In all such cases, therefore, any SS member who refused to commit atrocities was simply transferred to another branch of the SS or sent to front lines to serve in the Waffen-SS. The review of the SS records conducted between 1946 and 1950 revealed no evidence of any SS member ever receiving a death penalty for refusing to carry out illegal orders associated with the Holocaust crimes.

SS Future visions.

Historical analysis of SS records and documents of its senior members has provided historians with a picture of what the SS could have become, had Germany won the Second World War. (Heinrich Himmler's ultimate dream was to evolve the SS into a ruling class replacing the old Prussian aristocracy.)

Himmler saw the eastern lands of Russia, which Germany would surely conquer, as a vast open area for the SS state to establish itself. The SS and Police Leaders would rule the land, the Waffen-SS would serve as the Army to defend the territory, and those who lived and worked the land would be "peasant-warriors" of the Allgemeine-SS. Himmler had even drawn up plans, to be enacted after Germany won the Second World War, for the construction of 28 SS cities in the Lebensraum of the East. The master of all SS cities was to be at Wewelsburg, where Himmler planned to complete and expand the SS Wewelsburg castle into a capital city for the SS. The city was to be completed by 1955.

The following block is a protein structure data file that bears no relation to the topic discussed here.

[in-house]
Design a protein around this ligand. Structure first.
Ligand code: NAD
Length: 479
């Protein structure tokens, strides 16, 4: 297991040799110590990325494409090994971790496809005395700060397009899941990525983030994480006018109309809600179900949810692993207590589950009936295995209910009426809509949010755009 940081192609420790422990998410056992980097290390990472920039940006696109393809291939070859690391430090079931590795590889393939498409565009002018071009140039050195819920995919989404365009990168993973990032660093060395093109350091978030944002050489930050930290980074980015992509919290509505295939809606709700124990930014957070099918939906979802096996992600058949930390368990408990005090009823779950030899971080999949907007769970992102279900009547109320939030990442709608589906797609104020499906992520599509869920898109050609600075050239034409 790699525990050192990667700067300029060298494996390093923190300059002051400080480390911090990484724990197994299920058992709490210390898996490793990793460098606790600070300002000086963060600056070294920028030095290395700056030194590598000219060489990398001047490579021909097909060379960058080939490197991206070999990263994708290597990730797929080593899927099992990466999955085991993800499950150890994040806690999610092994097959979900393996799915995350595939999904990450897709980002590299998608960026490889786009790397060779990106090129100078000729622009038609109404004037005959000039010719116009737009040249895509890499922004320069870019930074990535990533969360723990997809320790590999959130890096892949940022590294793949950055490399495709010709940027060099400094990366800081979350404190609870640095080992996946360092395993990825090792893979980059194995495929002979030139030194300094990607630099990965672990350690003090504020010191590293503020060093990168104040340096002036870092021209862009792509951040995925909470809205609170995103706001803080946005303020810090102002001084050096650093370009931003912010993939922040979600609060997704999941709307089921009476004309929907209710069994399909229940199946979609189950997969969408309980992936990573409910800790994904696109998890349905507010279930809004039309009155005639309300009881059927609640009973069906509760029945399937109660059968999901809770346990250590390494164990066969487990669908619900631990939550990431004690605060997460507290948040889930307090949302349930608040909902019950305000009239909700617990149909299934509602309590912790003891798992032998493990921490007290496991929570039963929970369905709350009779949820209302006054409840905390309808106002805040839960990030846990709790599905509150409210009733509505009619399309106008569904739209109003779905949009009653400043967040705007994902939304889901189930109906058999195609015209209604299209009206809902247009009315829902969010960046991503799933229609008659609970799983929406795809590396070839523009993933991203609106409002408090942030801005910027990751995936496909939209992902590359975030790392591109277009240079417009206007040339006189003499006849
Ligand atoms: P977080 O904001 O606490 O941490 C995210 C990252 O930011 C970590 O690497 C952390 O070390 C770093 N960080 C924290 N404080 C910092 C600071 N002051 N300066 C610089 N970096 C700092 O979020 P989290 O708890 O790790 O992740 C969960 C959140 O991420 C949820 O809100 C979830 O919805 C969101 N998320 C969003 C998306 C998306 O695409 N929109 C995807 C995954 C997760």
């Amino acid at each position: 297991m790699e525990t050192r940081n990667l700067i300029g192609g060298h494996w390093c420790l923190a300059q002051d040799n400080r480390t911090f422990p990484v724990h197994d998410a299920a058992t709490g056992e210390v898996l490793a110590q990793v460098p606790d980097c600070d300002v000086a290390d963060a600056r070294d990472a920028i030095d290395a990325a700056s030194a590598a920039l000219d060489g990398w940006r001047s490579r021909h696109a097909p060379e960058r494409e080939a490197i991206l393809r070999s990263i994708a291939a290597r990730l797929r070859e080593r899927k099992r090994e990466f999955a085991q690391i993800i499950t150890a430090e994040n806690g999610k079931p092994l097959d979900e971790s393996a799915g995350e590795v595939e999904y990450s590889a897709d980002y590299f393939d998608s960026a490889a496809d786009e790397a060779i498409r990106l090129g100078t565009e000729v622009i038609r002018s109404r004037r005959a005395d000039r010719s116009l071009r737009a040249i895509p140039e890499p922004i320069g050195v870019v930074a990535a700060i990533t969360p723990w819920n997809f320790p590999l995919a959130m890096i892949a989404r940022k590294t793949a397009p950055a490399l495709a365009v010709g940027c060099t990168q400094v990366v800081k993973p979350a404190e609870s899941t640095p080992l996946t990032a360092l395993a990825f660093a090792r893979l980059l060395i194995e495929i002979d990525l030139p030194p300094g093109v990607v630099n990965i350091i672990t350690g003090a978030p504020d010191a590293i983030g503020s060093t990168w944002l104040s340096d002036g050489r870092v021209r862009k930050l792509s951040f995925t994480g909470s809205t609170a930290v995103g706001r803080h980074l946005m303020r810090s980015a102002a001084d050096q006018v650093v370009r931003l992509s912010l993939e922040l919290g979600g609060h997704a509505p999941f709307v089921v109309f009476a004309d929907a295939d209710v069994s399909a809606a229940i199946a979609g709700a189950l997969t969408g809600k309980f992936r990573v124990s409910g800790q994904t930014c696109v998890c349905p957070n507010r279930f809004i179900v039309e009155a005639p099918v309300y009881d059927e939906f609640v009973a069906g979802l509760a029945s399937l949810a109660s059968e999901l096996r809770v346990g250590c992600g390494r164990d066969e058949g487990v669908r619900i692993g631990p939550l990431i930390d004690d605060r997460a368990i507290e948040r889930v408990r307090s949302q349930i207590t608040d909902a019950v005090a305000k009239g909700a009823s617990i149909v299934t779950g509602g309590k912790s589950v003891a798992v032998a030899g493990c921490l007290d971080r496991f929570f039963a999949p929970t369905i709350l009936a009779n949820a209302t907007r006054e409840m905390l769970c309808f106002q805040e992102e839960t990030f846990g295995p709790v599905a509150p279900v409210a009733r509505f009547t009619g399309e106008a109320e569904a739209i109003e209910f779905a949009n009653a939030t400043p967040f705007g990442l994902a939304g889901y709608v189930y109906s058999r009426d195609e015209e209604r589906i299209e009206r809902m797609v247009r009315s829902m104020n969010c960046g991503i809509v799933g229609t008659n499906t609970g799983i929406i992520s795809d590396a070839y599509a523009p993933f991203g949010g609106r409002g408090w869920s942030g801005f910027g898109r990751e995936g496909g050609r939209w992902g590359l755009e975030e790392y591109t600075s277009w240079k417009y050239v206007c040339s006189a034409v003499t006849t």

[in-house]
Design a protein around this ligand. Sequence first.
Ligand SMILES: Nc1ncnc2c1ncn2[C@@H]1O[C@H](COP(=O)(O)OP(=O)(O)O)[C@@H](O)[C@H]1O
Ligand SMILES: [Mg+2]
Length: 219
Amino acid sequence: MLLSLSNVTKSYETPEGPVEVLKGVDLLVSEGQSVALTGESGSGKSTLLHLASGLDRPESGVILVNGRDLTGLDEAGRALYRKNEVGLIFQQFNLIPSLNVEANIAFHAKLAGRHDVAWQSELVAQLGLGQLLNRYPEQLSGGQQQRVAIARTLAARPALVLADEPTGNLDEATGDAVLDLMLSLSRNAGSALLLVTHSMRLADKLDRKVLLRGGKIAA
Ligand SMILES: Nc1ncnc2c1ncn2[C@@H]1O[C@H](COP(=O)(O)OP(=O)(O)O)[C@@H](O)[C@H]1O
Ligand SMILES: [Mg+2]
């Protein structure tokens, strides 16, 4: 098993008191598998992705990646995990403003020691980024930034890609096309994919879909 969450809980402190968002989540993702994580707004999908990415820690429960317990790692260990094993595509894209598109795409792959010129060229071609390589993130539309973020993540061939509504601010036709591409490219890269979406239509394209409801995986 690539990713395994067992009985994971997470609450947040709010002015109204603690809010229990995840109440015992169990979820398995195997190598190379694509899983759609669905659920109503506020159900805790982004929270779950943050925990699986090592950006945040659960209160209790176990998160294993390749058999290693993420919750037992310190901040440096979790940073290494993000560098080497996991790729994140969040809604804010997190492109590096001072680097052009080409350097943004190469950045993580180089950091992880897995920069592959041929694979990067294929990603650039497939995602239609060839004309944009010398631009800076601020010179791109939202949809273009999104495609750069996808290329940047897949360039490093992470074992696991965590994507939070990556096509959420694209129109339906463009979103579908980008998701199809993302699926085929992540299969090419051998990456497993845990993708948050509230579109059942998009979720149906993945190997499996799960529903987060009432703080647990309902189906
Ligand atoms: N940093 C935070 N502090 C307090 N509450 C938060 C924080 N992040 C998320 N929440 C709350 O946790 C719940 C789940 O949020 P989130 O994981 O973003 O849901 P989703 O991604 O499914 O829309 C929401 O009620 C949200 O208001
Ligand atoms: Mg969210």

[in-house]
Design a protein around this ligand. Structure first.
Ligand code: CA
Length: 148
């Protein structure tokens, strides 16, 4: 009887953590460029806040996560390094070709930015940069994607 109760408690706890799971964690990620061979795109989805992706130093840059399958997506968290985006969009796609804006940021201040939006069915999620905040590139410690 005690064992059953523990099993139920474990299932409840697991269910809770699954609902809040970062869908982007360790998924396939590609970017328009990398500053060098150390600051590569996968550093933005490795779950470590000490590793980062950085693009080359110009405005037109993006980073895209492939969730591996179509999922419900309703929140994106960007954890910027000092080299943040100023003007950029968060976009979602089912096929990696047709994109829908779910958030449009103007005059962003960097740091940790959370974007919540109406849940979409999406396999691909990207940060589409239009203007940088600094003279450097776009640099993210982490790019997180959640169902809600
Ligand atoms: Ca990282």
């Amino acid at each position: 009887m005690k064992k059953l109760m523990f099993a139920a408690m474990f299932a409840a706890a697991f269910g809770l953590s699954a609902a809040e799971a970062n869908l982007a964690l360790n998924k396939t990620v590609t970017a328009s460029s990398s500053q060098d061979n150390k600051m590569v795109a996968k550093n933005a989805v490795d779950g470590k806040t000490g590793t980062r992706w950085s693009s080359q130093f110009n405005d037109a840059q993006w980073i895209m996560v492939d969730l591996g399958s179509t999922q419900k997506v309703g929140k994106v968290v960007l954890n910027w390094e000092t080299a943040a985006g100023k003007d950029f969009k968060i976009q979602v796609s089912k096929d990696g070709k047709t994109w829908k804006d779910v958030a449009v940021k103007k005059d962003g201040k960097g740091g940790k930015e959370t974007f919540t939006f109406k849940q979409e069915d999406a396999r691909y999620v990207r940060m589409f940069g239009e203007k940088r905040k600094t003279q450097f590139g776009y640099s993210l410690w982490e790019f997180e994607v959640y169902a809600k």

On a more practical scale, SS leaders had already devised, as early as 1943, plans for what the SS would be after the conclusion of World War II. The Waffen-SS would return home to serve as a political army to enforce the will of the Nazi Party. Such activities would include strike breaking, riot suppression, and functions resembling modern-day National Guard units. There are also indications that Waffen-SS commanders, as early as 1940, had proposed efforts to create Waffen-SS air and naval units. Had Germany won the Second World War, the Waffen-SS would almost certainly have extended itself into every branch of the German military, but whether the Waffen-SS would have eventually replaced the Wehrmacht will never be known. However, some historians have stated that this is unlikely given the tremendous actions against the Sturmabteilung, in 1934, when SA leaders had attempted a similar course of action.